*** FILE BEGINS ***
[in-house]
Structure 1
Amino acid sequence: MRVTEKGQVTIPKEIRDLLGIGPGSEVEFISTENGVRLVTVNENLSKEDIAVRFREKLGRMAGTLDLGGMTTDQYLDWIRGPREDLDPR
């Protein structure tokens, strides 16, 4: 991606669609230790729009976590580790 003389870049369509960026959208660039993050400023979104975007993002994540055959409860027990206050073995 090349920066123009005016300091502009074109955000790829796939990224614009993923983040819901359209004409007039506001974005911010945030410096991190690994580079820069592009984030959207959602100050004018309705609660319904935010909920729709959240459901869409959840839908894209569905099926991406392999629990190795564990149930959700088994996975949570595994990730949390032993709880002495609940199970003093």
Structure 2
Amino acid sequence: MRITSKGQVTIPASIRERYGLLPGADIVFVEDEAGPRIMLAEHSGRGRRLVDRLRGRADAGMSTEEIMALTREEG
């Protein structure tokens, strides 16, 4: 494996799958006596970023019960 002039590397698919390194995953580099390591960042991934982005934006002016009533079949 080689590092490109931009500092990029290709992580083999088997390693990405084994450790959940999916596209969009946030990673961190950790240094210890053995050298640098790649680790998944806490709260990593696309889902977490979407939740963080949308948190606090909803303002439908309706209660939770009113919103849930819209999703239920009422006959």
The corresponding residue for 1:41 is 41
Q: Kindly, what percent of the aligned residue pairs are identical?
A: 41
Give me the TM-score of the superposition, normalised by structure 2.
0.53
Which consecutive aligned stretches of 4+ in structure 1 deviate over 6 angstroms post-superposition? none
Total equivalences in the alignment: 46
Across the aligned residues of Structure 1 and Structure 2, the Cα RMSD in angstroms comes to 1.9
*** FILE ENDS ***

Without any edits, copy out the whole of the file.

[in-house]
Structure 1
Amino acid sequence: MRVTEKGQVTIPKEIRDLLGIGPGSEVEFISTENGVRLVTVNENLSKEDIAVRFREKLGRMAGTLDLGGMTTDQYLDWIRGPREDLDPR
């Protein structure tokens, strides 16, 4: 991606669609230790729009976590580790 003389870049369509960026959208660039993050400023979104975007993002994540055959409860027990206050073995 090349920066123009005016300091502009074109955000790829796939990224614009993923983040819901359209004409007039506001974005911010945030410096991190690994580079820069592009984030959207959602100050004018309705609660319904935010909920729709959240459901869409959840839908894209569905099926991406392999629990190795564990149930959700088994996975949570595994990730949390032993709880002495609940199970003093």
Structure 2
Amino acid sequence: MRITSKGQVTIPASIRERYGLLPGADIVFVEDEAGPRIMLAEHSGRGRRLVDRLRGRADAGMSTEEIMALTREEG
């Protein structure tokens, strides 16, 4: 494996799958006596970023019960 002039590397698919390194995953580099390591960042991934982005934006002016009533079949 080689590092490109931009500092990029290709992580083999088997390693990405084994450790959940999916596209969009946030990673961190950790240094210890053995050298640098790649680790998944806490709260990593696309889902977490979407939740963080949308948190606090909803303002439908309706209660939770009113919103849930819209999703239920009422006959």
The corresponding residue for 1:41 is 41
Q: Kindly, what percent of the aligned residue pairs are identical?
A: 41
Give me the TM-score of the superposition, normalised by structure 2.
0.53
Which consecutive aligned stretches of 4+ in structure 1 deviate over 6 angstroms post-superposition? none
Total equivalences in the alignment: 46
Across the aligned residues of Structure 1 and Structure 2, the Cα RMSD in angstroms comes to 1.9